Pico Drive-In

10860 W. Pico Boulevard,
Los Angeles, CA 90064

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Additional Info

Previously operated by: Pacific Theatres

Architects: Clifford A. Balch

Previous Names: Drive-In, Pacific Drive-In

Nearby Theaters

Pico Drive-In exterior

The Drive-In Theatre was the first of its type to be opened in California, and it opened on September 9, 1934 with Will Rogers in “Handy Andy”.

Later known as the Pacific Drive-In, as it was operated by Pacific Theatres. By 1943, it was known as the Pico Drive-In, and was closed on October 1, 1944 with Fred MacMurray in “Double Indemnity” & James Mason in “Candlelight in Algeria”. It was demolished in 1947. It was moved to Olympic & Bundy and reopened as the Olympic Drive-In (which has its own page on Cinema Treasures). The Picwood Theatre was built on part of the site of the Pico Drive-In.

Movies have always held a place at this intersection of West Los Angeles–from the 1948 built Picwood Theatre (which was demolished in 1990) to the 4-screen Landmark Theatre inside the Westside Pavilion, which opened in the 1980’s.

Contributed by William Gabel

Recent comments (view all 23 comments)

DavidZornig
DavidZornig on December 11, 2016 at 11:28 am

Address should be corrected to read 10860 W. Pico Blvd. Evidence is in the image posted 04/17/15.

MichaelKilgore
MichaelKilgore on May 17, 2019 at 7:14 am

From the Motion Picture Herald, Feb. 8, 1936:

“Guy Douthwaite, operator of the open-air Drive-in theatre in Hollywood, is applying for patents on horns which he invented when complaints about noise forced him to abandon a loudspeaker. In his invention, sound is carried by wire to each car and is released through horns placed in front of the radiators.”

MichaelKilgore
MichaelKilgore on July 13, 2019 at 4:15 pm

The Pico Drive-In closed on Oct. 1, 1944, showing Double Indemnity and Candlelight in Algeria, per its listings in The Los Angeles Times. Its Oct. 2 listing read “Closed. Watch for Opening Date.”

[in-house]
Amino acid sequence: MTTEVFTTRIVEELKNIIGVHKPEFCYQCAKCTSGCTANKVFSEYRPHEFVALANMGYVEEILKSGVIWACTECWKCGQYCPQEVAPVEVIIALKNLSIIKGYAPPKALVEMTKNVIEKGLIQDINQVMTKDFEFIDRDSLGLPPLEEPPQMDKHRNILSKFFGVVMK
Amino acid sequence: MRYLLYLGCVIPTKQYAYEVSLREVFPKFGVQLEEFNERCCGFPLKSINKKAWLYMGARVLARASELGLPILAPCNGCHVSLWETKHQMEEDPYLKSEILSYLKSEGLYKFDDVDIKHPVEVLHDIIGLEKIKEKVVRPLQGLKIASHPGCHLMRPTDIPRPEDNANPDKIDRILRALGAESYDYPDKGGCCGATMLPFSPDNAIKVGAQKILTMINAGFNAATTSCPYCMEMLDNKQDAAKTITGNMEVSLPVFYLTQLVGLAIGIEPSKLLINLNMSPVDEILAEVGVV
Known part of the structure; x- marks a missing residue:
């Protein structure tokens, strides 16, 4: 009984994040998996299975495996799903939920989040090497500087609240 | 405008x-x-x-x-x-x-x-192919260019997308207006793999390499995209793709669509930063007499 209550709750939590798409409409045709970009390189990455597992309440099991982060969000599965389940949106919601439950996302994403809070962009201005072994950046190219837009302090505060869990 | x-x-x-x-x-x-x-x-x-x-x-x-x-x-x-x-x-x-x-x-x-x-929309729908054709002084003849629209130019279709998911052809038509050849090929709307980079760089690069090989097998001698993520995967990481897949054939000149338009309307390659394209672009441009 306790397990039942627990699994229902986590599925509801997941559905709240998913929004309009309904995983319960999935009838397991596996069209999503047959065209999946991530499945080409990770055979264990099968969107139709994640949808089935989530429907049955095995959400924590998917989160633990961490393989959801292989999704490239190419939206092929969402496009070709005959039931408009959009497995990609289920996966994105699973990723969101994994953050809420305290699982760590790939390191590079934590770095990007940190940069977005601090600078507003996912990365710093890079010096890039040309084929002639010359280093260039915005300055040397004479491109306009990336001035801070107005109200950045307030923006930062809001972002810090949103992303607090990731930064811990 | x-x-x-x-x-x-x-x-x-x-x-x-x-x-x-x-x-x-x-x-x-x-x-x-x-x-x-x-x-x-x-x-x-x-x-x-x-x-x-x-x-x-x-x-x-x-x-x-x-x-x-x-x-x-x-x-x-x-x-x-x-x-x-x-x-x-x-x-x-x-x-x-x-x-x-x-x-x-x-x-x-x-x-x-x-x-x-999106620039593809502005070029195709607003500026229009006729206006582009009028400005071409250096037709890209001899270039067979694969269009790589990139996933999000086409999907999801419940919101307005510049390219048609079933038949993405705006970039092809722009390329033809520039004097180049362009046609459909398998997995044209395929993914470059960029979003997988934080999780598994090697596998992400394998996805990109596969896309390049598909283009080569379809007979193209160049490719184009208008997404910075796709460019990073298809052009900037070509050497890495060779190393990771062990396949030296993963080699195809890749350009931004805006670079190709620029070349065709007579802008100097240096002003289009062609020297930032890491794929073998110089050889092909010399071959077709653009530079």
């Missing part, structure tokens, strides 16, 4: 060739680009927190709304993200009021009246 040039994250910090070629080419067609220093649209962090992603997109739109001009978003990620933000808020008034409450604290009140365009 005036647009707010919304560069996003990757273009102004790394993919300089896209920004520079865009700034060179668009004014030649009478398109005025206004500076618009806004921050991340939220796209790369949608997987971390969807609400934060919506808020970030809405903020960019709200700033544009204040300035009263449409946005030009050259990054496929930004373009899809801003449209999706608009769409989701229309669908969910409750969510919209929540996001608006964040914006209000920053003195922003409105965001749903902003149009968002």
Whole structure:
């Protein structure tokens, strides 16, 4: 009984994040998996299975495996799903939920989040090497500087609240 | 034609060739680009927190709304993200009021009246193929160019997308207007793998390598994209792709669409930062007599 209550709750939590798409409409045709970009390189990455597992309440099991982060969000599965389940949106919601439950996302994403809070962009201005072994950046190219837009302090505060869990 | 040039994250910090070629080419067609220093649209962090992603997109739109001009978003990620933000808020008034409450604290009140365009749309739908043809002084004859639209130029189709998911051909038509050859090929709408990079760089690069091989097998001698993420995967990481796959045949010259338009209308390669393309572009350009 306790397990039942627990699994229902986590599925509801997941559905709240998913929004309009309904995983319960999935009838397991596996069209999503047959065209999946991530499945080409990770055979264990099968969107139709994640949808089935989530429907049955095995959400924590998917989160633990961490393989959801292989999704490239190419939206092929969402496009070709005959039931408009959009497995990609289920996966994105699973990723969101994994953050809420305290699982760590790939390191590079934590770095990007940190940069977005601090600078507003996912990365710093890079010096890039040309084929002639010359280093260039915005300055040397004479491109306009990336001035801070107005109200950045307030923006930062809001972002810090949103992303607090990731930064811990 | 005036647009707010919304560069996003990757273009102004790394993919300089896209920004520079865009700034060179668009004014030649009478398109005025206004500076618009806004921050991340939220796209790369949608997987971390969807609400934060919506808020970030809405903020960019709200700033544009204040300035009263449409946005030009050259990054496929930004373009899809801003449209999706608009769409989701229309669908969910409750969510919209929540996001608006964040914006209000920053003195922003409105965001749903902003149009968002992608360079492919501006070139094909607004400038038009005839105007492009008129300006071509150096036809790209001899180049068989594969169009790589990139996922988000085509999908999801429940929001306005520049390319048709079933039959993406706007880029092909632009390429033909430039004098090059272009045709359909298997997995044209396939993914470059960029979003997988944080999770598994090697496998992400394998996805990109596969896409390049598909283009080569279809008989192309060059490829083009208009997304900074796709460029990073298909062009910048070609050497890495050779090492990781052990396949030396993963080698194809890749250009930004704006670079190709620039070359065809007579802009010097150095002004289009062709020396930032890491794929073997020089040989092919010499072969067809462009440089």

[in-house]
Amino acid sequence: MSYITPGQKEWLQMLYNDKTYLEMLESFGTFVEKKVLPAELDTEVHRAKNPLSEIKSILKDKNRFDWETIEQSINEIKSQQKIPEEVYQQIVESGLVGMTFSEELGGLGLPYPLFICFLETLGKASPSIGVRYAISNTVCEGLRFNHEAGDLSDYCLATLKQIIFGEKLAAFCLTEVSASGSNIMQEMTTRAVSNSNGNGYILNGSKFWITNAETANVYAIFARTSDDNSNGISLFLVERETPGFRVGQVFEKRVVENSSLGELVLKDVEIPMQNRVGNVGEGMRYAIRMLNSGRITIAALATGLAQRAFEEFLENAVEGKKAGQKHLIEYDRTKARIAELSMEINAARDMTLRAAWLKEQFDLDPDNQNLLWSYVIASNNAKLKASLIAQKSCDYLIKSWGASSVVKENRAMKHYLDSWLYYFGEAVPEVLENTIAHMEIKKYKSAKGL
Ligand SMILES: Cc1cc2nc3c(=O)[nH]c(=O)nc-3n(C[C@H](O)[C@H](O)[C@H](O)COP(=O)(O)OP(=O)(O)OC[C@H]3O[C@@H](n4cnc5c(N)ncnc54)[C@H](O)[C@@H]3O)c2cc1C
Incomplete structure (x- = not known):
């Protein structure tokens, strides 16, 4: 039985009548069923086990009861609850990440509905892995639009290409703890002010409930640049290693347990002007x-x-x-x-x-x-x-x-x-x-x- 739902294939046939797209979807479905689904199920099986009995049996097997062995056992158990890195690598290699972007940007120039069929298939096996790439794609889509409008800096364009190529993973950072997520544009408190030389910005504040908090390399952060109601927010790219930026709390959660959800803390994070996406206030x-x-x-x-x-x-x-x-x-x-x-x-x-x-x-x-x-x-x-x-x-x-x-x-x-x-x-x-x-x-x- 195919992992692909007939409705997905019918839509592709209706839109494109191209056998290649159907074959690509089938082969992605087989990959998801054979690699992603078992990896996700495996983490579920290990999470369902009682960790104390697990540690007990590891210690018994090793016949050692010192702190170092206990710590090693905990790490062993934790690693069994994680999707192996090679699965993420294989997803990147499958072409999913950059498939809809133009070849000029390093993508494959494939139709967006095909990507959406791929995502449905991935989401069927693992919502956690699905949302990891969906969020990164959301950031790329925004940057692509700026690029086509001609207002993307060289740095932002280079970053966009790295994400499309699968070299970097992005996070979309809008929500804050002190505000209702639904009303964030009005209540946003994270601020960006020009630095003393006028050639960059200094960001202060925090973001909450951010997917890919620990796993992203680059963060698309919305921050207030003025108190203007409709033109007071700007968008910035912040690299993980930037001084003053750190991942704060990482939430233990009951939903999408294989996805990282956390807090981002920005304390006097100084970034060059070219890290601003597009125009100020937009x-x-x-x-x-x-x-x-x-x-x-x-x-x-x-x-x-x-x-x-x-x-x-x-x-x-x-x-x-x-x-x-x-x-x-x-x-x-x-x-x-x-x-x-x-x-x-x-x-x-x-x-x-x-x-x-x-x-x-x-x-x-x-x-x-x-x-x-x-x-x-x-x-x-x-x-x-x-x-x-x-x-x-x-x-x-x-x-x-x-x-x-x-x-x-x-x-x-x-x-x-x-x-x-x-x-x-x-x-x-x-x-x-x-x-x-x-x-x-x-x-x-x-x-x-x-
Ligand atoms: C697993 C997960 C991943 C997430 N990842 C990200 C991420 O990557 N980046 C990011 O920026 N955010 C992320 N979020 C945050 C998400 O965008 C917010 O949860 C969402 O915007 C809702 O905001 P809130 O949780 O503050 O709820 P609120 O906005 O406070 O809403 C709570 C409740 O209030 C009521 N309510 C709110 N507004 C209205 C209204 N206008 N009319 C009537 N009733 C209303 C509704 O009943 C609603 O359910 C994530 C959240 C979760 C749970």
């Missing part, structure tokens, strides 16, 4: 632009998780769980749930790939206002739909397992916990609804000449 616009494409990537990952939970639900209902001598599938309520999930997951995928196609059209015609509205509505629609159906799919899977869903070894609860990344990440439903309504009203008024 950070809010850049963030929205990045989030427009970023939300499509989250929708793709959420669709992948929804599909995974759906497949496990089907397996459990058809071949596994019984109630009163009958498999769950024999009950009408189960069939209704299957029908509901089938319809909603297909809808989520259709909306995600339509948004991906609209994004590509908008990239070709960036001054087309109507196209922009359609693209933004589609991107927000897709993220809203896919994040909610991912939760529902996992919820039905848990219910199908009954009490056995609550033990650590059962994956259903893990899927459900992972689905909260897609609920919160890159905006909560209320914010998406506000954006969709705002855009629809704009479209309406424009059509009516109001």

rivest266
rivest266 on September 11, 2019 at 1:35 pm

Ads mention by MichaelKilgore posted in the photo section.

DavidZornig
DavidZornig on November 4, 2019 at 4:09 pm

1934 photo added credit Dick Whittington.

MichaelKilgore
MichaelKilgore on December 12, 2019 at 9:26 pm

Boxoffice, Feb. 17, 1951: “Seth D. Perkins, 63-year-old pioneer theatrical man, who built the first drive-in in California, died recently following a long illness. … Perkins' first drive-in, the second in the world, was built in 1934 on Pico boulevard in Los Angeles. Later he built a chain of theatres throughout southern California.”

MichaelKilgore
MichaelKilgore on May 21, 2021 at 1:02 pm

Here’s a pre-opening drawing of the drive-in. It looks a lot like one of Hollinghead’s patent drawings, but the ramp height is more pronounced.

Pre-opening drawing of what would become known as the Pico Drive-In.Pre-opening drawing of what would become known as the Pico Drive-In. 06 Sep 1934, Thu Evening Vanguard (Venice, California) Newspapers.com

davidcoppock
davidcoppock on May 23, 2021 at 3:59 am

Also opened with a Disney cartoon “Little Red hen”.

50sSNIPES
50sSNIPES on August 31, 2021 at 12:49 pm

It’s actually “The Wise Little Hen”, notable for Donald Duck’s first appearance and the only Silly Symphony short Donald Duck has an appearance on, before moving right along as a cameo in Mickey Mouse cartoons for a few years while under the United Artists' banner until his first full-titled Donald Duck self cartoon “Don Donald” in January 1937. United Artists continued with Donald himself (and the gang of course) until his last United Artists appearance in his own “Modern Inventions” short later that May, and then RKO had to take over the rest of Donald (including his gang)’s lineup with a darn load of Buena Vista reissues.

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